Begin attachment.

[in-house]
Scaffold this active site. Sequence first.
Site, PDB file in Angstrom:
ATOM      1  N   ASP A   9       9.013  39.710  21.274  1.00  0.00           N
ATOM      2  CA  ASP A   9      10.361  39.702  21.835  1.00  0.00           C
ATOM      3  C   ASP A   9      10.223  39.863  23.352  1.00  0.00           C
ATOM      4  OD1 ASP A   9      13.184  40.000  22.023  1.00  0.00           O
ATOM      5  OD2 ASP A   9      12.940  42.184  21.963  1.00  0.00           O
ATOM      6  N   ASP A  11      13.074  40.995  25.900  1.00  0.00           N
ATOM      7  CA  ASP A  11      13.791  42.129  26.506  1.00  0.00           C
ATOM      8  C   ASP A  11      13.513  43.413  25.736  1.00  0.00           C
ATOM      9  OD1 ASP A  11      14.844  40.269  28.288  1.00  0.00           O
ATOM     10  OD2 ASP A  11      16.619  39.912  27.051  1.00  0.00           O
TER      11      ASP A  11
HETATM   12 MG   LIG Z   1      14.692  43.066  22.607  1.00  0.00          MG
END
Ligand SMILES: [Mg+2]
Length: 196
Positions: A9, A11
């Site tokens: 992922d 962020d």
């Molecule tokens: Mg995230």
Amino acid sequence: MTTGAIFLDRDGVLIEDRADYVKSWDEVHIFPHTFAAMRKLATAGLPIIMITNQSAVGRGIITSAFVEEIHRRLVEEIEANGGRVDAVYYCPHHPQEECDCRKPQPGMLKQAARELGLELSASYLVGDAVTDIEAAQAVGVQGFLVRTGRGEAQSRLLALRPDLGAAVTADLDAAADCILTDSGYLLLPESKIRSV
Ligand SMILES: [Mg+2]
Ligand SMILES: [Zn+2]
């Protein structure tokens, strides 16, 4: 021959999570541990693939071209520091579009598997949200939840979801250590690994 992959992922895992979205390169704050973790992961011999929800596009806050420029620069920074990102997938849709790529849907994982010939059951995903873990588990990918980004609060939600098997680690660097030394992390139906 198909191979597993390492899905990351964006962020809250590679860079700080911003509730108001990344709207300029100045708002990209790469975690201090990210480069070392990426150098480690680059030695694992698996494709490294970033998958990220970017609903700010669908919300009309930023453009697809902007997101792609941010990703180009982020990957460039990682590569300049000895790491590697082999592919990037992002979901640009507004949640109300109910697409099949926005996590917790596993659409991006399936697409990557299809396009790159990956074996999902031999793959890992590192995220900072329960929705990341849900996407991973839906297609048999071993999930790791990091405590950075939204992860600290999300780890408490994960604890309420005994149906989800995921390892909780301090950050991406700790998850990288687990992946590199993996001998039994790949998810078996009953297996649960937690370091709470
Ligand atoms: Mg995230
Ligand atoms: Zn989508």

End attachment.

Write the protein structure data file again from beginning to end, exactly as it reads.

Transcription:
[in-house]
Scaffold this active site. Sequence first.
Site, PDB file in Angstrom:
ATOM      1  N   ASP A   9       9.013  39.710  21.274  1.00  0.00           N
ATOM      2  CA  ASP A   9      10.361  39.702  21.835  1.00  0.00           C
ATOM      3  C   ASP A   9      10.223  39.863  23.352  1.00  0.00           C
ATOM      4  OD1 ASP A   9      13.184  40.000  22.023  1.00  0.00           O
ATOM      5  OD2 ASP A   9      12.940  42.184  21.963  1.00  0.00           O
ATOM      6  N   ASP A  11      13.074  40.995  25.900  1.00  0.00           N
ATOM      7  CA  ASP A  11      13.791  42.129  26.506  1.00  0.00           C
ATOM      8  C   ASP A  11      13.513  43.413  25.736  1.00  0.00           C
ATOM      9  OD1 ASP A  11      14.844  40.269  28.288  1.00  0.00           O
ATOM     10  OD2 ASP A  11      16.619  39.912  27.051  1.00  0.00           O
TER      11      ASP A  11
HETATM   12 MG   LIG Z   1      14.692  43.066  22.607  1.00  0.00          MG
END
Ligand SMILES: [Mg+2]
Length: 196
Positions: A9, A11
């Site tokens: 992922d 962020d």
């Molecule tokens: Mg995230």
Amino acid sequence: MTTGAIFLDRDGVLIEDRADYVKSWDEVHIFPHTFAAMRKLATAGLPIIMITNQSAVGRGIITSAFVEEIHRRLVEEIEANGGRVDAVYYCPHHPQEECDCRKPQPGMLKQAARELGLELSASYLVGDAVTDIEAAQAVGVQGFLVRTGRGEAQSRLLALRPDLGAAVTADLDAAADCILTDSGYLLLPESKIRSV
Ligand SMILES: [Mg+2]
Ligand SMILES: [Zn+2]
């Protein structure tokens, strides 16, 4: 021959999570541990693939071209520091579009598997949200939840979801250590690994 992959992922895992979205390169704050973790992961011999929800596009806050420029620069920074990102997938849709790529849907994982010939059951995903873990588990990918980004609060939600098997680690660097030394992390139906 198909191979597993390492899905990351964006962020809250590679860079700080911003509730108001990344709207300029100045708002990209790469975690201090990210480069070392990426150098480690680059030695694992698996494709490294970033998958990220970017609903700010669908919300009309930023453009697809902007997101792609941010990703180009982020990957460039990682590569300049000895790491590697082999592919990037992002979901640009507004949640109300109910697409099949926005996590917790596993659409991006399936697409990557299809396009790159990956074996999902031999793959890992590192995220900072329960929705990341849900996407991973839906297609048999071993999930790791990091405590950075939204992860600290999300780890408490994960604890309420005994149906989800995921390892909780301090950050991406700790998850990288687990992946590199993996001998039994790949998810078996009953297996649960937690370091709470
Ligand atoms: Mg995230
Ligand atoms: Zn989508």